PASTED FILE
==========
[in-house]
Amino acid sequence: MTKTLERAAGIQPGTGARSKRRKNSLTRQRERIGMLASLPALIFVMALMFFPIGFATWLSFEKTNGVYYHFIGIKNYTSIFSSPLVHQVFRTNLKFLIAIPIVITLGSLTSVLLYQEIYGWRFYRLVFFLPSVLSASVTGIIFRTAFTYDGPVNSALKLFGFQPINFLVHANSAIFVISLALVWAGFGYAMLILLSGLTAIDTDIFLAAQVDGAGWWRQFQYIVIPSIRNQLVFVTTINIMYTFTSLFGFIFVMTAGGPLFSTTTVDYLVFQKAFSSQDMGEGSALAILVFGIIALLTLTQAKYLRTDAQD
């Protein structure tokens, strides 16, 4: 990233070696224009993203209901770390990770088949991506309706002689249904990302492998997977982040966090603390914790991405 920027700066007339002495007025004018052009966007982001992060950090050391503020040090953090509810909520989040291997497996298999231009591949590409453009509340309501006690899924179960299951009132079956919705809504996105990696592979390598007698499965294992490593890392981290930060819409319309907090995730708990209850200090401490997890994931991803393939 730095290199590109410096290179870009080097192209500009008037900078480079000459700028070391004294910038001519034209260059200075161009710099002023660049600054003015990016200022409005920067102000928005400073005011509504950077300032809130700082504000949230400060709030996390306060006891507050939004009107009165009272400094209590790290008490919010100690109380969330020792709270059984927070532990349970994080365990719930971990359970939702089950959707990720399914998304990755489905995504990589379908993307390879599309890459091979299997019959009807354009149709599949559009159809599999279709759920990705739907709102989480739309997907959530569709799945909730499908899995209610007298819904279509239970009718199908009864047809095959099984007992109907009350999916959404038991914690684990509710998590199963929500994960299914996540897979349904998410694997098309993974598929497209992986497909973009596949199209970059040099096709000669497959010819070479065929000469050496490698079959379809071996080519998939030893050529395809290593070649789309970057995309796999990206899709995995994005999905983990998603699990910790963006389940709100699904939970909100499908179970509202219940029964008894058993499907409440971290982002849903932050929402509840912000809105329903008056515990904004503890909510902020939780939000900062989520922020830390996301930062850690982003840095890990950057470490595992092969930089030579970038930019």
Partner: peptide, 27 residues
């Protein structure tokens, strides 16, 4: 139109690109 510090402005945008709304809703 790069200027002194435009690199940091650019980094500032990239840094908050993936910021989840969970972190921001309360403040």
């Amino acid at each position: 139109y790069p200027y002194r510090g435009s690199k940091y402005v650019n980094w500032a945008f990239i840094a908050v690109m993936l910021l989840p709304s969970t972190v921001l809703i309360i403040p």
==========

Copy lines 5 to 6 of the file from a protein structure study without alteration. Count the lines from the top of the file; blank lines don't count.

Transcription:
């Protein structure tokens, strides 16, 4: 139109690109 510090402005945008709304809703 790069200027002194435009690199940091650019980094500032990239840094908050993936910021989840969970972190921001309360403040």
């Amino acid at each position: 139109y790069p200027y002194r510090g435009s690199k940091y402005v650019n980094w500032a945008f990239i840094a908050v690109m993936l910021l989840p709304s969970t972190v921001l809703i309360i403040p």